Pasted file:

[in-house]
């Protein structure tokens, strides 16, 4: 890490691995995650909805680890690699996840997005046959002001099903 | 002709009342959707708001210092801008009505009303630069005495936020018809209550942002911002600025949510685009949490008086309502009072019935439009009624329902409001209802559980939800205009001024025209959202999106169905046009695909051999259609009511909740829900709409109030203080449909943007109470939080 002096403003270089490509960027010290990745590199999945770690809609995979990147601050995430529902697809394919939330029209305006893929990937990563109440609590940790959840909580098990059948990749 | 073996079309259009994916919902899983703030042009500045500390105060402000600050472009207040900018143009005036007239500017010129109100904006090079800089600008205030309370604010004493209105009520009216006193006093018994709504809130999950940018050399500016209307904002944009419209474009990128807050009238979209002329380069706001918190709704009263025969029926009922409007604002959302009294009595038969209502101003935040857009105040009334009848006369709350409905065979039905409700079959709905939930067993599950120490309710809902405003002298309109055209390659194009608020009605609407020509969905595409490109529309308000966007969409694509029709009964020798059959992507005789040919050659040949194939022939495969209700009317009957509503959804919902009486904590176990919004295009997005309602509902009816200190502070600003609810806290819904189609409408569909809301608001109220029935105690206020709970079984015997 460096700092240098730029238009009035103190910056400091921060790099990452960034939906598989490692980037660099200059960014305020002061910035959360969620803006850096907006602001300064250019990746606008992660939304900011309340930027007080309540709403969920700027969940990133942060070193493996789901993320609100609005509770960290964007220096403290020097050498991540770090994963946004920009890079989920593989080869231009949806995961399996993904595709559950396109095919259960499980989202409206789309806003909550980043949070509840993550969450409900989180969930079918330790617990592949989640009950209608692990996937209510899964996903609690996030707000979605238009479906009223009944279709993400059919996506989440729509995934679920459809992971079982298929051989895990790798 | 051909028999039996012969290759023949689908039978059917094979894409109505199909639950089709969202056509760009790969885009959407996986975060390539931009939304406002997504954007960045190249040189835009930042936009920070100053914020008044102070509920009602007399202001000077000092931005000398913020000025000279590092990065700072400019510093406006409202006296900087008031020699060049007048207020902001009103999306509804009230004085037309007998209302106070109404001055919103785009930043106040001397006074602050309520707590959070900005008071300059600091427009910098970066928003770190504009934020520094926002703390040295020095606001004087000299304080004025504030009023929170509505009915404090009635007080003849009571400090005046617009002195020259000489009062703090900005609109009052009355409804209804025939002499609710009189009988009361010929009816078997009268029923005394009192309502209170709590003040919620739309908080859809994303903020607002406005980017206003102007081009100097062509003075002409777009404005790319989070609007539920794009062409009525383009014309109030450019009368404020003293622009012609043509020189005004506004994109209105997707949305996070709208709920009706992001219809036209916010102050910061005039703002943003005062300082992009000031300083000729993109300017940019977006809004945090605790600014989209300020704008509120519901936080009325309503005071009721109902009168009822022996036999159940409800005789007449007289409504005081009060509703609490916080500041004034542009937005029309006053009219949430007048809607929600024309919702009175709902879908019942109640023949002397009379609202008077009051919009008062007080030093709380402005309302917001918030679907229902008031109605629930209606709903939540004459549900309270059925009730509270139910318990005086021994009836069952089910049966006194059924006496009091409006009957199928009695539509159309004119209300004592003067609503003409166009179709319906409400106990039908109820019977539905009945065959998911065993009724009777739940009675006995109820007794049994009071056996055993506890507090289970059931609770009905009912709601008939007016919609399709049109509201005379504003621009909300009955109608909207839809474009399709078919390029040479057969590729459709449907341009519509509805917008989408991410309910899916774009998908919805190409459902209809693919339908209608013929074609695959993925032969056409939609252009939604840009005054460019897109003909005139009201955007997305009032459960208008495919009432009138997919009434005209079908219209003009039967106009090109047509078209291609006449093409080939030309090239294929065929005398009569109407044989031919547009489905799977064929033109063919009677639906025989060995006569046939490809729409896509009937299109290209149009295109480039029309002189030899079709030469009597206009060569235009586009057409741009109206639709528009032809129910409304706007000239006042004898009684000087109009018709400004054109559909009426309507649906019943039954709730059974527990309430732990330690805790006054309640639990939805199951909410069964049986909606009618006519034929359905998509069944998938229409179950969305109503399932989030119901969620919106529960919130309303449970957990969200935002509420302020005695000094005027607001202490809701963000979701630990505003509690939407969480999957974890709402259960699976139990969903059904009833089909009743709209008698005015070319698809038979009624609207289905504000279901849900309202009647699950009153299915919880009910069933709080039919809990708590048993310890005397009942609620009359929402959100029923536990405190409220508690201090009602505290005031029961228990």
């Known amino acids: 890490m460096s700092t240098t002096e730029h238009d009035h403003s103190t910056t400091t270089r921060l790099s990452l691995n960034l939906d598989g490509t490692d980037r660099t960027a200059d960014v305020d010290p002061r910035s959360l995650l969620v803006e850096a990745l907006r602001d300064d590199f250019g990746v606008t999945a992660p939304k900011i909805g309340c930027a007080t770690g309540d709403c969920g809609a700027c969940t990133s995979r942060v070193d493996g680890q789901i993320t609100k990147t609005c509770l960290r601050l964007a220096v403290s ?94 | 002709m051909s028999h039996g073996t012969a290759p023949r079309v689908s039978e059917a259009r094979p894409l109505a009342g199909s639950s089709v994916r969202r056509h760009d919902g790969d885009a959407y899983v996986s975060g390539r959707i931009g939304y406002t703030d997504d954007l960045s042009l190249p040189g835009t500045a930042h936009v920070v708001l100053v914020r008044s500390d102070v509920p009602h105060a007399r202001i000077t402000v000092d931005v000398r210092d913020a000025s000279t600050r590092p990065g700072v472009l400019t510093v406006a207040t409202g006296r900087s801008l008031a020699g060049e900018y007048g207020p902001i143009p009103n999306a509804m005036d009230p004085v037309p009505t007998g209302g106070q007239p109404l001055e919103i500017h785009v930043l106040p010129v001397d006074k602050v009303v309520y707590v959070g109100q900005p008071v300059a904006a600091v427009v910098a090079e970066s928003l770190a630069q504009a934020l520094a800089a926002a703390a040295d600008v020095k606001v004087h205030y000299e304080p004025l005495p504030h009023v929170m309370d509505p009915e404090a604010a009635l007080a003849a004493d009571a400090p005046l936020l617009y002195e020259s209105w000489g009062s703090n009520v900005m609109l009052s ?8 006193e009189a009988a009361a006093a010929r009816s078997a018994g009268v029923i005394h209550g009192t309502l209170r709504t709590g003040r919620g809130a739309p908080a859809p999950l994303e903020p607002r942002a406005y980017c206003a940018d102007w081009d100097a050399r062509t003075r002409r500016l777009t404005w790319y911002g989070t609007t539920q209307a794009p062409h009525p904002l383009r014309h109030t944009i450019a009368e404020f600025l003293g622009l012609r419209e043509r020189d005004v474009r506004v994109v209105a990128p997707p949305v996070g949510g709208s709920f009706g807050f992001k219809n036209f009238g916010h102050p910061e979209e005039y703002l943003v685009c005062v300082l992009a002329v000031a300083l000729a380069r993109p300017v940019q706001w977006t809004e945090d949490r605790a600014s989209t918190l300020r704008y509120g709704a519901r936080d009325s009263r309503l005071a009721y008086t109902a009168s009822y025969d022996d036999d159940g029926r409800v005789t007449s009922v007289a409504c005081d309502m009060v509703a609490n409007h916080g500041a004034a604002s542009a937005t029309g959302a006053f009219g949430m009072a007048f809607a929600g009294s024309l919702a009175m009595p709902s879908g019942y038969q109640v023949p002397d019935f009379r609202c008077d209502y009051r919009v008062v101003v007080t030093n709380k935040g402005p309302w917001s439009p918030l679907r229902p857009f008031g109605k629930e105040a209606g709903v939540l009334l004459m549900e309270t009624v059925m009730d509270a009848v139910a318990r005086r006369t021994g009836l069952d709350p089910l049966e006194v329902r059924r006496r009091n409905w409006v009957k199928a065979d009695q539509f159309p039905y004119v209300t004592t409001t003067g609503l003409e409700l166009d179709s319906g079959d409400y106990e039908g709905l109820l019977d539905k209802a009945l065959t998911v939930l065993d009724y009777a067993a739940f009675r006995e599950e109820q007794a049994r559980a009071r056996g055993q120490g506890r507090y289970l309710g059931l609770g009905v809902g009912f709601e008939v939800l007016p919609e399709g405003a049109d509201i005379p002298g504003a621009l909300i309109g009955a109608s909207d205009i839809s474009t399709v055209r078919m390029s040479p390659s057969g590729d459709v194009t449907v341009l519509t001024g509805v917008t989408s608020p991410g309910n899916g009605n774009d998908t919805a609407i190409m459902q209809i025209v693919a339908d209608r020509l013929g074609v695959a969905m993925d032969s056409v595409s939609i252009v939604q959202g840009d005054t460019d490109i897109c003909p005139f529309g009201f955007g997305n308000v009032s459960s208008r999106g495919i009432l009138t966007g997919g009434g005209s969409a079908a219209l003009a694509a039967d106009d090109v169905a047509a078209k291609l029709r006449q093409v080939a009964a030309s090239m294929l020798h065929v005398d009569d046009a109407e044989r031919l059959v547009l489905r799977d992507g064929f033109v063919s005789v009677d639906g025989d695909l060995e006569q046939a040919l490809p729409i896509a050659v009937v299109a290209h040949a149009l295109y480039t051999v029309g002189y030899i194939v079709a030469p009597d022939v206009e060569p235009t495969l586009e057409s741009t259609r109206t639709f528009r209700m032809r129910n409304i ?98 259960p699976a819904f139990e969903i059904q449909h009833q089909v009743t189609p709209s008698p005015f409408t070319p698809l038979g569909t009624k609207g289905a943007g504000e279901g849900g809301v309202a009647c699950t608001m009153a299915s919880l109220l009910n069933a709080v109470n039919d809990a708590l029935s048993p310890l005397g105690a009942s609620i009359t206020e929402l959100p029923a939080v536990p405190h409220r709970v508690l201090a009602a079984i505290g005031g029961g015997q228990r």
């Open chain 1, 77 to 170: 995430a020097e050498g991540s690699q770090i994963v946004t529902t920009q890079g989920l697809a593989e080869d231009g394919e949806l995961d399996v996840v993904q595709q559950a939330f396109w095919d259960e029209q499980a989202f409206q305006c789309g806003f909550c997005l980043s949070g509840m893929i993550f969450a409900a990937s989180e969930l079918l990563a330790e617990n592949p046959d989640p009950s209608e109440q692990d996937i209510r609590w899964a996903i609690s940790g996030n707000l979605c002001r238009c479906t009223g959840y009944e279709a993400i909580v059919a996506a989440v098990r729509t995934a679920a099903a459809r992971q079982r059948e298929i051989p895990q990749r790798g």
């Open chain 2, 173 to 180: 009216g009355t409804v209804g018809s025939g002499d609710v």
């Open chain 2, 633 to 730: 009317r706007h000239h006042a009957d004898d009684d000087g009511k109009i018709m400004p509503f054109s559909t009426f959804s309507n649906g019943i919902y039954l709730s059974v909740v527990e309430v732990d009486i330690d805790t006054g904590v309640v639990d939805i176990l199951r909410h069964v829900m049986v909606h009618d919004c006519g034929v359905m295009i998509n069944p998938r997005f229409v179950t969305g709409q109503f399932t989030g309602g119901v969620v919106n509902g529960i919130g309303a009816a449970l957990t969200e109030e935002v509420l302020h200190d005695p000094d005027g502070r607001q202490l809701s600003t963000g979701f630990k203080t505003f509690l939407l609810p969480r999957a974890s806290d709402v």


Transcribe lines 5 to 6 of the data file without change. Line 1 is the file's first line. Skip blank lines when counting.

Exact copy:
């Open chain 2, 173 to 180: 009216g009355t409804v209804g018809s025939g002499d609710v």
């Open chain 2, 633 to 730: 009317r706007h000239h006042a009957d004898d009684d000087g009511k109009i018709m400004p509503f054109s559909t009426f959804s309507n649906g019943i919902y039954l709730s059974v909740v527990e309430v732990d009486i330690d805790t006054g904590v309640v639990d939805i176990l199951r909410h069964v829900m049986v909606h009618d919004c006519g034929v359905m295009i998509n069944p998938r997005f229409v179950t969305g709409q109503f399932t989030g309602g119901v969620v919106n509902g529960i919130g309303a009816a449970l957990t969200e109030e935002v509420l302020h200190d005695p000094d005027g502070r607001q202490l809701s600003t963000g979701f630990k203080t505003f509690l939407l609810p969480r999957a974890s806290d709402v």